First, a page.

In a weedy junkyard, amid the rusting hulks of once-shiny automobiles, the “Doctor Frankenstein of Teslas” connects a pair of jumper cables from a trashed Tesla Model S to a deep-cycle battery. “We may hear some clicks,” he says. “We may hear some buzzing. The car may explode. I don’t know what’s gonna happen.”
This is a scene from a new Motherboard documentary, in which Rich Benoit explains how he salvages Tesla parts and uses them to repair cars damaged in crashes, fires, and floods. In this video, Benoit takes us deep under the hood for an intimate look at Tesla’s motors, battery pack, and power electronics.
Benoit was first inspired to tinker with Teslas when he went shopping for one of his own. “I was looking for a Tesla, and I thought the prices were way too high,” Benoit told Motherboard. “They start at like $80,000, which is insane. I came across one on the internet, but they said it was in a flood. I thought ‘How hard can this be? You throw it in a bag of rice.’” He salvaged a second Tesla for parts, and cobbled the two vehicles together, documenting the project in a YouTube video.
Benoit has a complex relationship with Tesla. Naturally, he’s a proponent of the “right to repair,” which holds that manufacturers shouldn’t be allowed to prevent consumers from repairing devices that they’ve paid for. In the US, only Massachusetts has a right to repair law, which requires auto dealerships to sell parts to independent repair shops. Benoit says this has helped him “a bit,” but because Tesla doesn’t have actual dealerships, he generally has to scavenge his parts from scrapyards.
The story of how Rich finds wrecked Teslas and brings them back to life (YouTube: Motherboard)
Benoit loves Tesla’s cars, and understands why the company wants to retain control over the quality of its products, but he hopes Tesla will eventually loosen up and allow independent shops to make repairs. “If you drive around, you’ll see a place that fixes only Saabs, or they fix only Volvos,” he says. “Places like that are so important. You have to have these little mom and pop shops that know these cars well, that’ll fix it for a decent price, so that the manufacturer can’t monopolize the repair.”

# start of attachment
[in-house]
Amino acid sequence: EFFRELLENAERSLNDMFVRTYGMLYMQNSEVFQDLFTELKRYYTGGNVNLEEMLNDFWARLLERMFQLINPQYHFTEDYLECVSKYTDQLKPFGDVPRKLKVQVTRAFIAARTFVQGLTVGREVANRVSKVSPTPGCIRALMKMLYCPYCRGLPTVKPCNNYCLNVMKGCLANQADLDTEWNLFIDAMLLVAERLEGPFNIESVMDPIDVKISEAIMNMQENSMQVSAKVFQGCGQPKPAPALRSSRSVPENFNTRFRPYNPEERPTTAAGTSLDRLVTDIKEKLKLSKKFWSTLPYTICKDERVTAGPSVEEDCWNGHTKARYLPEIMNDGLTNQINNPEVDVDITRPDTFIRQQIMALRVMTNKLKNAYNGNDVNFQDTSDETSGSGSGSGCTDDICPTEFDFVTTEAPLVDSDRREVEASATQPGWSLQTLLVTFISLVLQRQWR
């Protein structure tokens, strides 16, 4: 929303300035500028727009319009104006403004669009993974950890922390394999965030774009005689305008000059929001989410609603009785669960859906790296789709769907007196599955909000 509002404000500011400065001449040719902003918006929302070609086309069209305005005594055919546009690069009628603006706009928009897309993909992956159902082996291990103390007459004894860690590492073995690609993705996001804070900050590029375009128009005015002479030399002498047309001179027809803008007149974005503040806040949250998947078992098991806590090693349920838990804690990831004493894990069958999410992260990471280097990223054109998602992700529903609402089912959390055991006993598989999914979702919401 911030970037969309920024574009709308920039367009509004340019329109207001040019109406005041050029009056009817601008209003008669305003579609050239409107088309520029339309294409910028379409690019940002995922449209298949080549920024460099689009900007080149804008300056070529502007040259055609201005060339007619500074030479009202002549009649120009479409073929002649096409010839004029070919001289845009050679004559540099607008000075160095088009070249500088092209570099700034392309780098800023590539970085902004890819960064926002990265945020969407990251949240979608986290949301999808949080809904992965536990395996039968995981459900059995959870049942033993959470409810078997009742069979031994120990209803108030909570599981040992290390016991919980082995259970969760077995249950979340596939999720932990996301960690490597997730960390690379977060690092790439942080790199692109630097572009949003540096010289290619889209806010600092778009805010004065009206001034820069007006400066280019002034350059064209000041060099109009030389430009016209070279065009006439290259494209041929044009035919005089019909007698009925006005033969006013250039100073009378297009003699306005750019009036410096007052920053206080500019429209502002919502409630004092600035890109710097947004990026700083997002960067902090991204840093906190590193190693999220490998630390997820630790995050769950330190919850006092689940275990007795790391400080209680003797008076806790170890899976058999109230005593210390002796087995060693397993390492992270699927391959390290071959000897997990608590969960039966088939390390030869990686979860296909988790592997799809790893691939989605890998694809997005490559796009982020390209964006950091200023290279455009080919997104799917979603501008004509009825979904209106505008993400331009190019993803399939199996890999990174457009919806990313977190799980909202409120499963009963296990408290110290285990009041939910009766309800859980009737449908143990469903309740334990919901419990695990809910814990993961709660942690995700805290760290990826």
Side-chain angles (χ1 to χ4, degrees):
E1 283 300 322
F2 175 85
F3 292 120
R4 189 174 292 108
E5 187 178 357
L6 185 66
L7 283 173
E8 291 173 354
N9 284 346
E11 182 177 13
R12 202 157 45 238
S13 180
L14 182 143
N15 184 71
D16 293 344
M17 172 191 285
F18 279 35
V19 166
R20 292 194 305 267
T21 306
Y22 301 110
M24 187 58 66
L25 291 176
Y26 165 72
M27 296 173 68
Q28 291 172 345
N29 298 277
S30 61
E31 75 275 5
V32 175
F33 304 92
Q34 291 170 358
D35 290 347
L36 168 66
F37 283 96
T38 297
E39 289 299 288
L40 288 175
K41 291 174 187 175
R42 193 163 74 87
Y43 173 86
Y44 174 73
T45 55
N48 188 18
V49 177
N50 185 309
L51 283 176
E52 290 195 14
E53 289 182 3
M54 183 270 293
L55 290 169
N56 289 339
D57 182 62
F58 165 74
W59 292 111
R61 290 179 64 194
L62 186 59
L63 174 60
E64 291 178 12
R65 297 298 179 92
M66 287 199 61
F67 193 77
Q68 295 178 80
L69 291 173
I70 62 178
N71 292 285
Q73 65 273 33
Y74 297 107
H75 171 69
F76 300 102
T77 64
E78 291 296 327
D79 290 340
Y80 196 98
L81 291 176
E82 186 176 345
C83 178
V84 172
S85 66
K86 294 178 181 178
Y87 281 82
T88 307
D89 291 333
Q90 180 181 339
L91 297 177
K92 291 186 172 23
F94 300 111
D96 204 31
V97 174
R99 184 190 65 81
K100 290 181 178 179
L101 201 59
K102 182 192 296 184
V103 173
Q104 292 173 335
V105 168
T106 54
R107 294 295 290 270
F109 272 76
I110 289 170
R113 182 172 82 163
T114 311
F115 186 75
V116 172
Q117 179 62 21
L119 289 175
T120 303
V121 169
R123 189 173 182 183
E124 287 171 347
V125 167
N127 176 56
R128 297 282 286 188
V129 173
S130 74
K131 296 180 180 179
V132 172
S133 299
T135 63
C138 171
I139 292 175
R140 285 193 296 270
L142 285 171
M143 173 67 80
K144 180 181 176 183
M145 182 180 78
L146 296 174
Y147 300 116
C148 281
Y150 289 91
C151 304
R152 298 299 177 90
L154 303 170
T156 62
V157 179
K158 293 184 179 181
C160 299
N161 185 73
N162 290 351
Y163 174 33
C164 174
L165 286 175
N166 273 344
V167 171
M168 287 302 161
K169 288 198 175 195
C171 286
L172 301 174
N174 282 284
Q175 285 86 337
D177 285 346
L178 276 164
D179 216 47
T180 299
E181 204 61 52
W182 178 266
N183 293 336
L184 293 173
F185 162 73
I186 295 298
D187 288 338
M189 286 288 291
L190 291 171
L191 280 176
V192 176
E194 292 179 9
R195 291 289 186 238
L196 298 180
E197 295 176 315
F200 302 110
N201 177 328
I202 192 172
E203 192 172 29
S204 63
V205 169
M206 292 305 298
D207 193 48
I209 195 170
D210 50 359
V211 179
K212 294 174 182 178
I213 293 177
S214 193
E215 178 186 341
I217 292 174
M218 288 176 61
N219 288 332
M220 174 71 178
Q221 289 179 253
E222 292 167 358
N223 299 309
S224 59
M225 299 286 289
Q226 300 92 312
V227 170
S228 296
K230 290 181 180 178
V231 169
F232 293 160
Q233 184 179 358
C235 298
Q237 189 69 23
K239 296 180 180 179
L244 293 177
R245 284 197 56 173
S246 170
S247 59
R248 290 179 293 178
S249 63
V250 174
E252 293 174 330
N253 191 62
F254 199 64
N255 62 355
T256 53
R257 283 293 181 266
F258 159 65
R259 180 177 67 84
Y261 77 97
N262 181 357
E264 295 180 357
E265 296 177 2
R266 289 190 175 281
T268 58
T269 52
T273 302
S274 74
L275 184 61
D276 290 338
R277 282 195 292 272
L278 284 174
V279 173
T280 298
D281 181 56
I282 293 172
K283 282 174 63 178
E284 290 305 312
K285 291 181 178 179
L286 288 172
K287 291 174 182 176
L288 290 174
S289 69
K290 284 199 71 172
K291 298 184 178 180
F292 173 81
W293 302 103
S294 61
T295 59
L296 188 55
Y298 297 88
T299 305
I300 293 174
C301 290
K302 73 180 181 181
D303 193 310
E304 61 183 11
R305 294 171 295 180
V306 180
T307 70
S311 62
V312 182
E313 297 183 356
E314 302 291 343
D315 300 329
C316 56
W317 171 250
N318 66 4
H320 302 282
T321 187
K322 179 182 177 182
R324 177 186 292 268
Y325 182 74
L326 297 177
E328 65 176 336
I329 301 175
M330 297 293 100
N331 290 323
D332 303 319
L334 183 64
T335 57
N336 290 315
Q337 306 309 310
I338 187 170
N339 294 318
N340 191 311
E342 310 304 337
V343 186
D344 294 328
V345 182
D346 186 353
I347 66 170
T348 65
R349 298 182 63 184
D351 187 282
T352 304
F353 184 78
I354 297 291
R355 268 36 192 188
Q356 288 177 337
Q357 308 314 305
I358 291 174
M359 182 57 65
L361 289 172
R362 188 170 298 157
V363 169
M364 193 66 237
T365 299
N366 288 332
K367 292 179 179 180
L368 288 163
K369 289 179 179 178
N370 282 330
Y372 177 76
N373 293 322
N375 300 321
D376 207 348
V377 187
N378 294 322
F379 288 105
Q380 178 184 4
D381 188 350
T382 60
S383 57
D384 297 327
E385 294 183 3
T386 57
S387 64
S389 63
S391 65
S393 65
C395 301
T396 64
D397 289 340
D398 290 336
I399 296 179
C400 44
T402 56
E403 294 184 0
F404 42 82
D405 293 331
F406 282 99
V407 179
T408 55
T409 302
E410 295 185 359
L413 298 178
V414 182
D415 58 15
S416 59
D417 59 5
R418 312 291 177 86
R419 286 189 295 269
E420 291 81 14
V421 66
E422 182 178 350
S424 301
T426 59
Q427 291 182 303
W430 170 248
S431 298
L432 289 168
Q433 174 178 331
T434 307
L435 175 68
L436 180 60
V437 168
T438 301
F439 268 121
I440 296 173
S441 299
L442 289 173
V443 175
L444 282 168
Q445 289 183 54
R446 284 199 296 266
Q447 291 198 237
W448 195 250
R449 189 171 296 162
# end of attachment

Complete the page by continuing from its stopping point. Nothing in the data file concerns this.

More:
Rich has become something of a hero in the Tesla repair community, running a Facebook group that helps people sell and trade parts. He’d like to open his own Tesla repair shop, but that isn’t in the cards just yet. “I know how that ended for another set of people who tried to do that,” he said. “They shut them down within months. And Tesla doesn’t give them the tools they need.”
A Tesla spokesperson told Motherboard that customers are free to repair their own cars and that, for a fee, the company will inspect salvaged vehicles to assess which repairs are needed.
Meanwhile, back in the junkyard, Rich connects up the battery, we hear a grinding sound, and he indulges in a couple of expletives as the door handles pop out. It’s alive!
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